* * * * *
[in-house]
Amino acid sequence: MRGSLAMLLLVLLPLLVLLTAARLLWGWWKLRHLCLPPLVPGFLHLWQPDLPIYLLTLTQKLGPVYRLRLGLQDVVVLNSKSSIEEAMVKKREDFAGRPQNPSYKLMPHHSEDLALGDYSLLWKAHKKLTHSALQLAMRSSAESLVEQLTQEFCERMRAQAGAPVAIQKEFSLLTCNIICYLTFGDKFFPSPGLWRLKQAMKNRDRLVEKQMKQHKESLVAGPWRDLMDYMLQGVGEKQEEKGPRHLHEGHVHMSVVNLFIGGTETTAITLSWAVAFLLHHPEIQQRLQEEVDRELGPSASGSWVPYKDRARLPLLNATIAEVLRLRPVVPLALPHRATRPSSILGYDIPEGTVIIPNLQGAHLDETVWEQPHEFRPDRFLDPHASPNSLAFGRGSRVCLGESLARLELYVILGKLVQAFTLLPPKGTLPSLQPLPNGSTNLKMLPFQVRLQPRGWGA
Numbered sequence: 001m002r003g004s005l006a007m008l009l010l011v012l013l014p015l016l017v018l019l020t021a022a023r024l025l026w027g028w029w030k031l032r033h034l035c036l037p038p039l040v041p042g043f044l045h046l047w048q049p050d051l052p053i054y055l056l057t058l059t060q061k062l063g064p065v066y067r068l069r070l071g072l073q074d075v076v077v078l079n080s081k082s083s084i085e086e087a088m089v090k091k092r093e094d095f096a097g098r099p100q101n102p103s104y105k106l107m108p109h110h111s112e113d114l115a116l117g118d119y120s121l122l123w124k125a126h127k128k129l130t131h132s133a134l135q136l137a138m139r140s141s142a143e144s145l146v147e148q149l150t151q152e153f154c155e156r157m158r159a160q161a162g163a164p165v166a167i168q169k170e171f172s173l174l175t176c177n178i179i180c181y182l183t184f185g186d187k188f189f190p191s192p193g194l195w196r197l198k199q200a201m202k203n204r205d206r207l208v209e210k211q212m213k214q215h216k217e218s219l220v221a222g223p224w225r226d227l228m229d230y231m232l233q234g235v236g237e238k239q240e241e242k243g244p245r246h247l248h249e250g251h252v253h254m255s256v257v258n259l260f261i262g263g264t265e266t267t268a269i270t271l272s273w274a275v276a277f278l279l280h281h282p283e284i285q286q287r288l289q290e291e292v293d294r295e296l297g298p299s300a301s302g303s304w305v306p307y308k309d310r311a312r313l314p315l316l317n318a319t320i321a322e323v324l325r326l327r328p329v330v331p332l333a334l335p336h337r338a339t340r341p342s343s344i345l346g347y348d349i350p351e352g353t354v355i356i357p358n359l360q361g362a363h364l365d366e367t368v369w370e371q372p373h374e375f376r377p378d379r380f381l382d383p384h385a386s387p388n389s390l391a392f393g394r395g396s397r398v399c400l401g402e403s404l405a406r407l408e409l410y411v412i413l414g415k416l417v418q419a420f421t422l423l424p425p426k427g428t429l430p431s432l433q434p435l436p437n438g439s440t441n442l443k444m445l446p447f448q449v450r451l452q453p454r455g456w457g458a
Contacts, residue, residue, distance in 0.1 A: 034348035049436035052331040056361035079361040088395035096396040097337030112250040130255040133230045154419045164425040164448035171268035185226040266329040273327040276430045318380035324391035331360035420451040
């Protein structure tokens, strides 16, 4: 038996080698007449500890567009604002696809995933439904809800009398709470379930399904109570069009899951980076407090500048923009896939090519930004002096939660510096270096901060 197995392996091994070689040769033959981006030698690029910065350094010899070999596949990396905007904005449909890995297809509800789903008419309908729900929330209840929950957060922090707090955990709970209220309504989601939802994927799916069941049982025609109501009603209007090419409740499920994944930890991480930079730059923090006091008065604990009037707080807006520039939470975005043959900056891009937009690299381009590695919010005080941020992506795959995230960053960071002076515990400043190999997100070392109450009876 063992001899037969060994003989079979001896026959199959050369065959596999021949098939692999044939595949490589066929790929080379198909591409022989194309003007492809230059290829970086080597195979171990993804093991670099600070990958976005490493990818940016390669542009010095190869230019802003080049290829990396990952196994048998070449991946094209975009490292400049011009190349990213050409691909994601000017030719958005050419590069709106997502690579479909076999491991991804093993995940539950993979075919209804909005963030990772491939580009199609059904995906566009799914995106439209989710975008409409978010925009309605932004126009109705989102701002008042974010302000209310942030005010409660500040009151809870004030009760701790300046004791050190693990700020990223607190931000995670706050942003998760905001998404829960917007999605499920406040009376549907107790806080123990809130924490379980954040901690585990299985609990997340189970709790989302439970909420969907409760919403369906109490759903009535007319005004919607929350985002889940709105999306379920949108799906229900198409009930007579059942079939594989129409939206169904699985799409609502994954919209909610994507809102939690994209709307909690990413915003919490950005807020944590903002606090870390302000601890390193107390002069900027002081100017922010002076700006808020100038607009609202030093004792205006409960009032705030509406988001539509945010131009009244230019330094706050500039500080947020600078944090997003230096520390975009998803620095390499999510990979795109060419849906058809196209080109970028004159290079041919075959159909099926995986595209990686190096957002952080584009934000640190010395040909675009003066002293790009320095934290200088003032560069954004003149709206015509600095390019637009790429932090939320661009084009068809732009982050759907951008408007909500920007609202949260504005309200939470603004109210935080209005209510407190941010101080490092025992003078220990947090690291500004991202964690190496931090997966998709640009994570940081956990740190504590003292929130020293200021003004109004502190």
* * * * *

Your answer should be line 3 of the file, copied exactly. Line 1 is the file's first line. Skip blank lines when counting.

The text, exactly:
Numbered sequence: 001m002r003g004s005l006a007m008l009l010l011v012l013l014p015l016l017v018l019l020t021a022a023r024l025l026w027g028w029w030k031l032r033h034l035c036l037p038p039l040v041p042g043f044l045h046l047w048q049p050d051l052p053i054y055l056l057t058l059t060q061k062l063g064p065v066y067r068l069r070l071g072l073q074d075v076v077v078l079n080s081k082s083s084i085e086e087a088m089v090k091k092r093e094d095f096a097g098r099p100q101n102p103s104y105k106l107m108p109h110h111s112e113d114l115a116l117g118d119y120s121l122l123w124k125a126h127k128k129l130t131h132s133a134l135q136l137a138m139r140s141s142a143e144s145l146v147e148q149l150t151q152e153f154c155e156r157m158r159a160q161a162g163a164p165v166a167i168q169k170e171f172s173l174l175t176c177n178i179i180c181y182l183t184f185g186d187k188f189f190p191s192p193g194l195w196r197l198k199q200a201m202k203n204r205d206r207l208v209e210k211q212m213k214q215h216k217e218s219l220v221a222g223p224w225r226d227l228m229d230y231m232l233q234g235v236g237e238k239q240e241e242k243g244p245r246h247l248h249e250g251h252v253h254m255s256v257v258n259l260f261i262g263g264t265e266t267t268a269i270t271l272s273w274a275v276a277f278l279l280h281h282p283e284i285q286q287r288l289q290e291e292v293d294r295e296l297g298p299s300a301s302g303s304w305v306p307y308k309d310r311a312r313l314p315l316l317n318a319t320i321a322e323v324l325r326l327r328p329v330v331p332l333a334l335p336h337r338a339t340r341p342s343s344i345l346g347y348d349i350p351e352g353t354v355i356i357p358n359l360q361g362a363h364l365d366e367t368v369w370e371q372p373h374e375f376r377p378d379r380f381l382d383p384h385a386s387p388n389s390l391a392f393g394r395g396s397r398v399c400l401g402e403s404l405a406r407l408e409l410y411v412i413l414g415k416l417v418q419a420f421t422l423l424p425p426k427g428t429l430p431s432l433q434p435l436p437n438g439s440t441n442l443k444m445l446p447f448q449v450r451l452q453p454r455g456w457g458a